Los Planes’ pupusas are the perfect autumn comfort food

pupusas-st-denis

Once upon a time, you had to venture north of Rosemont to get a proper pupusa in Montreal.

Before that, it was even harder. I was all the way in Santa Barbara, California, when I first tasted the addictively comforting El Salvadorian treat. That was ten years ago, and since then, we’ve been lucky to have a few Montréal instances, like La Carreta on St Zotique, or  El Chalateco on Beaubien.

These places are renowned for their flavours and charm, and not for their trendy or boozy vibes.

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Pupusas at Los Planes – perfectly pillowy and comforting.

Los Planes is aiming to modify the pupusa’s image. The city’s third pupusa contender has recently moved southward in a bid to test their El Salvadorian and Mexican fare in the Plateau. It’s not exactly next door to where I live, yet it’s nice to see more great pupusas near me.

It’s a risky bid. After all, the block to which they have migrated (St-Denis near Rachel) is part of that long-imploding mile between Sherbrooke and Mont-Royal.

Once the city’s de facto tourist shop/lunch strip, the mile, in the past five years, has become known more for its landmark closings, which leave in their wake, changing doors of upstart culinary establishments replacing one another — endless à louer signs replacing even the places with high quality and good intentions.

After trying Los Planes’ pupusas, I can only hope, that the resto does not find itself among the ranks of the restos that come and go too occasionally.

So slick was this resto’s exterior, that my feet almost made me walk past it. Out for an evening stroll, I initially judged Los Planes’ new incarnation as just another Mesa 14-inspired (i.e., overpriced and under-seasoned) “Tex-Mex” trap.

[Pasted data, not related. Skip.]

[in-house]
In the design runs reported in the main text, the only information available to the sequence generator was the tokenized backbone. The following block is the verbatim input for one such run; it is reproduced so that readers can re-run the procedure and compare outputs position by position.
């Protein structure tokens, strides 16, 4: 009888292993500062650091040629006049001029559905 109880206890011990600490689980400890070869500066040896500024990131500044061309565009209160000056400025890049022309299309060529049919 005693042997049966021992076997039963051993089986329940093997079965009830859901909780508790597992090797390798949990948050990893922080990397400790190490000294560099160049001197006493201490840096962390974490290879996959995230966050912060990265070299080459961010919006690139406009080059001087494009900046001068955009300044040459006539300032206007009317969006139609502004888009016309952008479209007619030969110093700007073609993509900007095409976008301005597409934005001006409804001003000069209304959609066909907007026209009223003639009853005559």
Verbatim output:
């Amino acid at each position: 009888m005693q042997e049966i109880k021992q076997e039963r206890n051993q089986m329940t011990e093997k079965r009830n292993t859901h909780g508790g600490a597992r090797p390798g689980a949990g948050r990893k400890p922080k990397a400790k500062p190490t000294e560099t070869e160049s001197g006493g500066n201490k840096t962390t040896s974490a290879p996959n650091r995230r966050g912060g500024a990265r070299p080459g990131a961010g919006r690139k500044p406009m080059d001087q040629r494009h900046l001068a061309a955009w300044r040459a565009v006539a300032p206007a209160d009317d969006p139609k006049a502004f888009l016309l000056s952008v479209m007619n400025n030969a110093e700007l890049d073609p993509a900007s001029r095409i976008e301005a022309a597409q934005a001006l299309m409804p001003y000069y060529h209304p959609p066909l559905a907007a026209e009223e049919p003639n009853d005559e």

Then I spotted the p-word.

An entire section of an upscale menu devoted to pupusas? Could it be? Were upscale pupusas suddenly a thing?

The good news is, they’re not!

pupusa-condiments
Essential sides to the pupusa include a lightly-fermented slaw, a tomato sauce and, occasionally, hot sauce.

Los Planes’ versions are as homey and heartwarming as any of the El Salvadorian pouches I have tried, and the slight bump in the price is entirely forgivable. The clean and spacious terrace, ample people-watching opportunities, and solid beer and wine list make it worth the splurge, at $3.50 per pouch.

Though the resto offers a full menu of Mexican specialties and various brunch offerings, I’m afraid I can’t give you much information about those: I was here for one thing and one thing only.

The dough of a good pupusa, made from alkalized cornmeal, is akin to a pillow. It’s soft yet firm, inviting yet restrictive, and supports you as you melt away into a wonderful state of pleasure.

Los Planes nails the nurturing quality of the pupusa to near perfection.

I’ll push the analogy further: just as a perfect pillow makes fancy sheets seem inconsequential, so too does a wonderful pupusa pocket cast its fillings as mere enhancements, rather than central features.

The Revuelta, a classic filling mostly based around refried beans, goes down just right on a chilly fall night: oozy, warm, and seasoned to simple perfection. Most importantly, perhaps: it’s not overly greasy at all. Less traditional offerings, such as various cheeses, zucchini, garlic, are hit and miss. Again, the structure is so solid, that it hardly matters. I’d suggest about four: two Revueltas and two “mixed-bags”. You get to choose from about ten options.

Traditional condiments include a mild tomato sauce and a lighly-fermented slaw. Both should be piled high for the full experience and to cut the richness. I personally loved Los Planes’ version of hot sauce, which is rather forceful, and perfect for any cheese-based pupusa filling, which can quickly become cloying.

The terrace makes for a nice, clean, relatively quiet place to grab a pint and to snack. Though it was empty when I arrived, the restaurant and the patio soon filled up with curious passersby.

Despite the cartoonishly-tall and awkward to handle pint glasses it is served in, draft beer is affordable for the neighborhood (considering other restos), with a pint of Boreale at $6.50. In addition, the wine offerings are diverse enough to make the place worth going for a short soiree.

beer-water-glass
This is the tallest pint glass in existence.

Then there was this seemingly minor detail: a nice wide ledge on the terrace, like a personal bar to lean on, while sitting at your table, makes for a welcome respite for your elbow or phone, and contributes to a feeling of splendor in what is at its heart an authentic pupuseria.

I think Los Planes has added just enough “bling” to their formula to become good, unpretentious Plateau regulars. Let’s just hope the neighbourhood agrees.

Los Planes is at 4115 rue St-Denis.

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